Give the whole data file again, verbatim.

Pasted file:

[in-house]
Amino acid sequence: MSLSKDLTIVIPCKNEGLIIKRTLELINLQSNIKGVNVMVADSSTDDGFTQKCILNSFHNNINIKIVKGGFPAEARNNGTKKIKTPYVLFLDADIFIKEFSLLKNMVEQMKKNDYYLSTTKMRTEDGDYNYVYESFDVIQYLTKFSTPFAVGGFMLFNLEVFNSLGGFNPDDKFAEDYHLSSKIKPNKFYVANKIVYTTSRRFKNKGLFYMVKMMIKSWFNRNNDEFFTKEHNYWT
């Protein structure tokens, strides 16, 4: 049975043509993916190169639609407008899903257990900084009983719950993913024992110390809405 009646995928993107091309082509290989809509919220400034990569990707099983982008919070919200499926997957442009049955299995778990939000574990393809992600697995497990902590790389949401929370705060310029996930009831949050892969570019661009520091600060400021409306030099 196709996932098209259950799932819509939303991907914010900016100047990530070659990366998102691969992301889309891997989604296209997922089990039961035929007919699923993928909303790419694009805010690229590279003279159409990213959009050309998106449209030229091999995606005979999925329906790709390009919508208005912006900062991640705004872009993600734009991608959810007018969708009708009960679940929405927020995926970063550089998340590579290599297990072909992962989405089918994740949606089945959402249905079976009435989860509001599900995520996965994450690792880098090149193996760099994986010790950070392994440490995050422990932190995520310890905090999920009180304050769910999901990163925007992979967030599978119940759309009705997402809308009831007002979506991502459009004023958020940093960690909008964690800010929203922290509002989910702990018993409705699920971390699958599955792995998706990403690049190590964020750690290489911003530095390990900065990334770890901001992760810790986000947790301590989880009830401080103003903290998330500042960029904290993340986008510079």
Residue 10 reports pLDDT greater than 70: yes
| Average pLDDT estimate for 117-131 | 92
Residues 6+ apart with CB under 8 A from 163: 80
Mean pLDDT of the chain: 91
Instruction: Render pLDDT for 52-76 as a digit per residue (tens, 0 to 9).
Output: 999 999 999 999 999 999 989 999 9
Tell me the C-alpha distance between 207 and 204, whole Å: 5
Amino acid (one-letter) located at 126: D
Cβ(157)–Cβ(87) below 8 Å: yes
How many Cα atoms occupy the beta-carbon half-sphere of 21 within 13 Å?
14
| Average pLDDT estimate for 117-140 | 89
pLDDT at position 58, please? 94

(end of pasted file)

[in-house]
Amino acid sequence: MSLSKDLTIVIPCKNEGLIIKRTLELINLQSNIKGVNVMVADSSTDDGFTQKCILNSFHNNINIKIVKGGFPAEARNNGTKKIKTPYVLFLDADIFIKEFSLLKNMVEQMKKNDYYLSTTKMRTEDGDYNYVYESFDVIQYLTKFSTPFAVGGFMLFNLEVFNSLGGFNPDDKFAEDYHLSSKIKPNKFYVANKIVYTTSRRFKNKGLFYMVKMMIKSWFNRNNDEFFTKEHNYWT
């Protein structure tokens, strides 16, 4: 049975043509993916190169639609407008899903257990900084009983719950993913024992110390809405 009646995928993107091309082509290989809509919220400034990569990707099983982008919070919200499926997957442009049955299995778990939000574990393809992600697995497990902590790389949401929370705060310029996930009831949050892969570019661009520091600060400021409306030099 196709996932098209259950799932819509939303991907914010900016100047990530070659990366998102691969992301889309891997989604296209997922089990039961035929007919699923993928909303790419694009805010690229590279003279159409990213959009050309998106449209030229091999995606005979999925329906790709390009919508208005912006900062991640705004872009993600734009991608959810007018969708009708009960679940929405927020995926970063550089998340590579290599297990072909992962989405089918994740949606089945959402249905079976009435989860509001599900995520996965994450690792880098090149193996760099994986010790950070392994440490995050422990932190995520310890905090999920009180304050769910999901990163925007992979967030599978119940759309009705997402809308009831007002979506991502459009004023958020940093960690909008964690800010929203922290509002989910702990018993409705699920971390699958599955792995998706990403690049190590964020750690290489911003530095390990900065990334770890901001992760810790986000947790301590989880009830401080103003903290998330500042960029904290993340986008510079």
Residue 10 reports pLDDT greater than 70: yes
| Average pLDDT estimate for 117-131 | 92
Residues 6+ apart with CB under 8 A from 163: 80
Mean pLDDT of the chain: 91
Instruction: Render pLDDT for 52-76 as a digit per residue (tens, 0 to 9).
Output: 999 999 999 999 999 999 989 999 9
Tell me the C-alpha distance between 207 and 204, whole Å: 5
Amino acid (one-letter) located at 126: D
Cβ(157)–Cβ(87) below 8 Å: yes
How many Cα atoms occupy the beta-carbon half-sphere of 21 within 13 Å?
14
| Average pLDDT estimate for 117-140 | 89
pLDDT at position 58, please? 94